South Korean President Yoon Suk Yeol says his country will lean on nuclear energy to meet its climate goals and promoted the South Korean industry’s push to sell its nuclear-power technologies to other nations.
Speaking Thursday at the World Economic Forum’s annual gathering in the Swiss town of Davos, Yoon referred to the country’s goals to cut carbon emissions to zero by 2050 by expanding nuclear power plants. He offered to cooperate with other nations that need South Korea’s “world-leading nuclear power plant technologies.”
Yoon said South Korea also is seeking to develop hydrogen as a clean-energy alternative, which he said would be effective in reducing emissions in industries such as steelmaking, chemicals and maritime transport.
He says “cooperation is crucial between nations in the Middle East and Europe, which have strengths in producing green hydrogen, and nations such as South Korea and Japan, which are leading the way in the application of hydrogen.”
Yoon’s goals to increase the share of nuclear power in the country’s energy mix-up is a departure from the policies of his predecessor, Moon Jae-in, who had sought to reduce the country’s nuclear reliance. Global interest in nuclear power has increased as governments face greater pressure to cut carbon emissions while also grappling with soaring fossil fuel prices, worsened by pandemic lockdowns and Russia’s war on Ukraine.
South Korean President Yoon Suk Yeol says is calling for international solidarity to restore stability in supply chains undermined by the COVID-19 pandemic and Russia’s war on Ukraine as well as technology competitions and trade barriers.
South Korea, a major producer of computer memory chips, has struggled to strike a balance between its ally United States and China, its biggest trade partner, amid their intensifying rivalry over technology and regional influence.
Speaking Thursday at the World Economic Forum’s annual gathering in the Swiss town of Davos, Yoon said that while it would be an “inevitable choice” for South Korea to cooperate with countries that share common “universal values,” such cooperation should not result in trade blocs or the exclusion of certain nations, apparently referring to China.
He said that “Japan, as well as the United States, has a similar political, social and economic system with us and shares most of our universal values” and noted some differences with China.
But he said “our close cooperation between the countries that share universal values should not proceed in a way that excludes and blocks the relations with nations that have different systems with us or have a lot of differences regarding universal values.”
Prominent climate activists including Greta Thunberg and Vanessa Nakate are condemning corporate VIPs and political leaders in Davos, Switzerland, for prioritizing short-term profits from fossil fuels over people affected by the climate crisis.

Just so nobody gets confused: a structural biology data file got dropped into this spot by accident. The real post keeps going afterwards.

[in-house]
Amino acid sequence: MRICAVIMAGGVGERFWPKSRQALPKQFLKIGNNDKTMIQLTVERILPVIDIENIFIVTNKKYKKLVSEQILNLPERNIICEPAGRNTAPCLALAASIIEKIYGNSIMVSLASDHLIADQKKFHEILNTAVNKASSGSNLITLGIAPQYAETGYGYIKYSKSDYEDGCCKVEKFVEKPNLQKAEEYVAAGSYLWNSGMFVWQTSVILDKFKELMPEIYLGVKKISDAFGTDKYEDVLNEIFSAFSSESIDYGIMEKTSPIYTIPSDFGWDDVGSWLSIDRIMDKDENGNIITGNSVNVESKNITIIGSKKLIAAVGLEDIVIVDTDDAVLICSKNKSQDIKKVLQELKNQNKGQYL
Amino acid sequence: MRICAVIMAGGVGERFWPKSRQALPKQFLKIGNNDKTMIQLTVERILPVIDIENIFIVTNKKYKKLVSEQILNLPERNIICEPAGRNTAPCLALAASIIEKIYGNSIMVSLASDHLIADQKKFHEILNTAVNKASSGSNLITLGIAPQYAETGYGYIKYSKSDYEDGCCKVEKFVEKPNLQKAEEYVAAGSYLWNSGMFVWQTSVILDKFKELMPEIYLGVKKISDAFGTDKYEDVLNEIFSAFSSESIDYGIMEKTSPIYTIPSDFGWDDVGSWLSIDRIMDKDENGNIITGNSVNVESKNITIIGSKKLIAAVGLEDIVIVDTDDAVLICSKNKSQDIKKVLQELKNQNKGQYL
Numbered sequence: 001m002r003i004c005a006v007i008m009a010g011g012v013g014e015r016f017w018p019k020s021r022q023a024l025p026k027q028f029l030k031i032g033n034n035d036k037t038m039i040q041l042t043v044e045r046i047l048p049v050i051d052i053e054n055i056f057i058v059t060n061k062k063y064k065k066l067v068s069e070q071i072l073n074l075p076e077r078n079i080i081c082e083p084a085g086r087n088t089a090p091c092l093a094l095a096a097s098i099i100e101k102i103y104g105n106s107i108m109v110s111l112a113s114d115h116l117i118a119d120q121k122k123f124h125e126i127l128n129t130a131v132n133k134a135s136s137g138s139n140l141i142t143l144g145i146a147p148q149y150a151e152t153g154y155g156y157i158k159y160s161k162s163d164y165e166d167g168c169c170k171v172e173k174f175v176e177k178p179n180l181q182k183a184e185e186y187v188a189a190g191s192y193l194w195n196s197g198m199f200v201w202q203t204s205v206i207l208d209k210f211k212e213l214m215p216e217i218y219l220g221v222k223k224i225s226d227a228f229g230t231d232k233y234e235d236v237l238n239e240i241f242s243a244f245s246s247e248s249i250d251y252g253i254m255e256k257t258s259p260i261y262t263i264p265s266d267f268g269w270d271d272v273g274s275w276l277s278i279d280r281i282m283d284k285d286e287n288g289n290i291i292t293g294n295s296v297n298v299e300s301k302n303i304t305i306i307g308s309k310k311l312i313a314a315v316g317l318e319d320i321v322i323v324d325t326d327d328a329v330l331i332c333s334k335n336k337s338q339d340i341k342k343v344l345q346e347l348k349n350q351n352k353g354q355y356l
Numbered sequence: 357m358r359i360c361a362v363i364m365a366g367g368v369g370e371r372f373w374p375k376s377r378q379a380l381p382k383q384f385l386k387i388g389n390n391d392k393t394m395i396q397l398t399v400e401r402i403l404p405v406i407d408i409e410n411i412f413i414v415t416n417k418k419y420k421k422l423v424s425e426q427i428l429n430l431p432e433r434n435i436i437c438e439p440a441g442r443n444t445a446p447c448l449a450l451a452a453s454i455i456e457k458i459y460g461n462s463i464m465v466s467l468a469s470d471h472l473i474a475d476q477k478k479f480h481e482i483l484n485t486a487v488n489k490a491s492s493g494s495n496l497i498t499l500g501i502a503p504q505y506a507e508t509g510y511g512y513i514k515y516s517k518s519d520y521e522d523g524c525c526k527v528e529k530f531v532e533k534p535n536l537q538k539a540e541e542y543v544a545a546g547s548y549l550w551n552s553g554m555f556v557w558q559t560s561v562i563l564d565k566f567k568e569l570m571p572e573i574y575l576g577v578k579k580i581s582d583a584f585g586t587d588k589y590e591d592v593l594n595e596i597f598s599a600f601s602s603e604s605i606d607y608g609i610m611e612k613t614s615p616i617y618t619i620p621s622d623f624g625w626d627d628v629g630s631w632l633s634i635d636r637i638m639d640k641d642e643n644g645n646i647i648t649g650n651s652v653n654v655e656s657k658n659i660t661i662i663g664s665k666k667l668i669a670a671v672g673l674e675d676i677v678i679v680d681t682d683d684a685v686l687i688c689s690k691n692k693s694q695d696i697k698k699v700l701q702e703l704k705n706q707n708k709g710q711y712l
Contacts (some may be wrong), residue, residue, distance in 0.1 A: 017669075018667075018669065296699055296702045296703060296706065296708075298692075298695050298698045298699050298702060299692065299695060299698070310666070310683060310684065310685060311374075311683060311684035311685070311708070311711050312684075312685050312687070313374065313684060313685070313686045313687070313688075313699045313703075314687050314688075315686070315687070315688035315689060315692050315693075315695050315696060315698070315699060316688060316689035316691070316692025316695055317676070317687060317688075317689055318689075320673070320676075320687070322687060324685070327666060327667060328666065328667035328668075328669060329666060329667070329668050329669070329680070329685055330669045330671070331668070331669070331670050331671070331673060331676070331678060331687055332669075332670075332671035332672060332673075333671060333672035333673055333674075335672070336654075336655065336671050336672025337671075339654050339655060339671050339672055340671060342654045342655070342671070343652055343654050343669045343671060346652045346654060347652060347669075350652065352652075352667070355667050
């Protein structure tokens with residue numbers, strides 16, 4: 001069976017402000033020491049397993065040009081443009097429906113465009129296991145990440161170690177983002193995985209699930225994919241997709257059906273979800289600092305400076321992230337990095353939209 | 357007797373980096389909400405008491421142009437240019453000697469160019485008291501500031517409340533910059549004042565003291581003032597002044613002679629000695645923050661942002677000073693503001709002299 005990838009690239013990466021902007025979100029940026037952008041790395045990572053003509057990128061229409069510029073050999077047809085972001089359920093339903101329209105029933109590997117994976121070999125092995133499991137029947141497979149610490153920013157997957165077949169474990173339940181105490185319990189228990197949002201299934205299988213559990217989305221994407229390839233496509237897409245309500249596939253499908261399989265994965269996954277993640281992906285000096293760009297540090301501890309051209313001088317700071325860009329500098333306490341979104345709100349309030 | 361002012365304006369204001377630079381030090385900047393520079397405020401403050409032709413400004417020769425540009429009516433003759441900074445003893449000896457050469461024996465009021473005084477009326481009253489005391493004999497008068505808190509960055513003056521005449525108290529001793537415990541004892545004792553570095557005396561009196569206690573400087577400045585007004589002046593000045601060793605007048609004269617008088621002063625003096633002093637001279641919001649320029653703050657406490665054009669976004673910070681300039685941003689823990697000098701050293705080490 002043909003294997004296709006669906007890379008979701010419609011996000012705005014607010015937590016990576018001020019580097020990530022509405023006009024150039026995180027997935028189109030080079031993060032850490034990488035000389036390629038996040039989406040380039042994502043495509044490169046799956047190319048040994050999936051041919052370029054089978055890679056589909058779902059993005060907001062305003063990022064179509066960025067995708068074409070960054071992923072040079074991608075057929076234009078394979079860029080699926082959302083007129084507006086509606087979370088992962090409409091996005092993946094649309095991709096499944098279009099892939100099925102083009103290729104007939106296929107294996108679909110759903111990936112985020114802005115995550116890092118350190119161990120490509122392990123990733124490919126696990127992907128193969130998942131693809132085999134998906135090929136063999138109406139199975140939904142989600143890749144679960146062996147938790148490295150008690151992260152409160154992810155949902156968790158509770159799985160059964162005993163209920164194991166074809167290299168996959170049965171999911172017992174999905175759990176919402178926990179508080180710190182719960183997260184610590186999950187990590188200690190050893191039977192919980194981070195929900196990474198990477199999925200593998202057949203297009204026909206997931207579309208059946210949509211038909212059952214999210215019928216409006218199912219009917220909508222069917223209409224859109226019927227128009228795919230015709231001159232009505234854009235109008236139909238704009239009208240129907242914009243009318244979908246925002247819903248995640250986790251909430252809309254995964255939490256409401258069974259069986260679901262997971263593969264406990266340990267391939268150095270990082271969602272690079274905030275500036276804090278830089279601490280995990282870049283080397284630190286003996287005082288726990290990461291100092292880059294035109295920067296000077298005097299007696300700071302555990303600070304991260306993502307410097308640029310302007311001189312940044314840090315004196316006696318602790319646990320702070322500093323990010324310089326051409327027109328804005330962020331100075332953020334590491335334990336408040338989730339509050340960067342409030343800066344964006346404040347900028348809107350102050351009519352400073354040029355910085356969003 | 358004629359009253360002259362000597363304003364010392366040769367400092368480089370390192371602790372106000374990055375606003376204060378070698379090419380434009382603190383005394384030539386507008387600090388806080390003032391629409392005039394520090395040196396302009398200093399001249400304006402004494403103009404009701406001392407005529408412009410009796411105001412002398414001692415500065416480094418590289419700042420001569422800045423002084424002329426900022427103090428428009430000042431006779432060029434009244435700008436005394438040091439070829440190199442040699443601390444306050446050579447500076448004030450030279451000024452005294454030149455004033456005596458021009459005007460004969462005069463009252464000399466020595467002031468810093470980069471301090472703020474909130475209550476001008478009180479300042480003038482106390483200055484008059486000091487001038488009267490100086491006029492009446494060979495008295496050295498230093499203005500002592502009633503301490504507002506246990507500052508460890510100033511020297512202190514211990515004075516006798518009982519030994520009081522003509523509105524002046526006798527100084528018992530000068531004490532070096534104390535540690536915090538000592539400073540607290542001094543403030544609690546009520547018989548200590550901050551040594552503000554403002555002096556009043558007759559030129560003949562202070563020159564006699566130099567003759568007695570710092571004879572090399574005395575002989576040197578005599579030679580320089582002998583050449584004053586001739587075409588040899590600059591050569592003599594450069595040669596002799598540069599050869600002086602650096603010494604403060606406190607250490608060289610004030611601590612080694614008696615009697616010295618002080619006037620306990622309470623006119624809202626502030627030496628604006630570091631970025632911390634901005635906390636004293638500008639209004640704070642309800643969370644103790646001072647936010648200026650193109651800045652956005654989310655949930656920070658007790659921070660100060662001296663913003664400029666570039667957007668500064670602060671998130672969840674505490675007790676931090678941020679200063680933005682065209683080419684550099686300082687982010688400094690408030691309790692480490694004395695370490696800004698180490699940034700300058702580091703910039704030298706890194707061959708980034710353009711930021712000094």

They were joined by campaigners Helena Gualinga and Luisa Neubauer and International Energy Agency Executive Director Fatih Birol at a roundtable Thursday at the World Economic Forum’s annual gathering.
Nakate, who at one point choked up, said that “leaders are playing games” with people’s futures. She added that the effects of climate change are “already a living hell for many communities across the African continent, across the Global South” who are facing extreme drought, heat and flooding.
The activists brought a “cease and desist” letter calling on fossil fuel companies to stop all new oil and natural gas projects, signed by nearly 900,000 people.
Scientists say no new fossil fuel projects can be built if the world is to limit global warming to 1.5 degrees Celsius (2.7 degrees Fahrenheit) in line with climate goals set in Paris in 2015.
Thunberg added that without persistent public pressure corporations will continue to “throw people under bus for their own gain.”
In a discussion on climate finance that focused on the lack of common standards, the head of the International Monetary Fund compared the world’s current trajectory to being on the Titanic.
IMG Managing Director Kristalina Georgieva said Thursday at the World Economic Forum gathering in Davos, Switzerland, that while there are “a couple of bright spots on the horizon,” this was “not good enough.”
She warned that when it came to designing universal standards for green finance, “the perfect is the enemy of the good.”
A global set of minimum benchmarks on, for example, corporate emissions disclosures would reduce the scope for companies to police themselves and engage in greenwashing. Without common standards, companies will be able to continue burying bad news or defining their emissions disclosures to give a more favorable impression.
She says “Europe can be a leader bringing us together on common standards.”
European leaders say they are working with the U.S. on issues over subsidies for American-made green technology but that dealing with trade tensions with China is more difficult.
Dutch Prime Minister Mark Rutte said Thursday on a panel session about European growth at the World Economic Forum gathering in Davos, Switzerland, that “the main issue in Europe is we have no coordinated China policy.”
He says that “it’s not that we have to choose between the U.S. and China. We need to have our own policy. And our own policy should be, first of all, that we have the mindset that we want to be a player and not a playing field.”
European Commission President Ursula von der Leyen presented a major clean tech industrial plan earlier this week at Davos for that would ease the way for subsidies for green industries and pool EU-wide projects that are boosted with major funding.
It aims to bolster the 27-nation bloc’s push for climate neutrality by 2050 and guarantee its economic survival as it faces challenges from China and the U.S.
EU Commission Executive Vice President Valdis Dombrovskis says the concerns about the U.S. Inflation Reduction Act’s funding for “made-in-America” green technology — like electric vehicles — is that “it’s done in a discriminatory way.”
He says it’s not helping to build trans-Atlantic value chains but actually severing them.
But he noted that EU-U.S. task force has “a satisfactory solution on clean vehicles tax credits. But there are many other areas which we need to address.”
On China, Rutte says offers a huge innovation base and potential but “at the same time, we have legitimate security concerns.” He says it’s important to keep the Western edge in industries like semiconductors, which can be used in defense systems.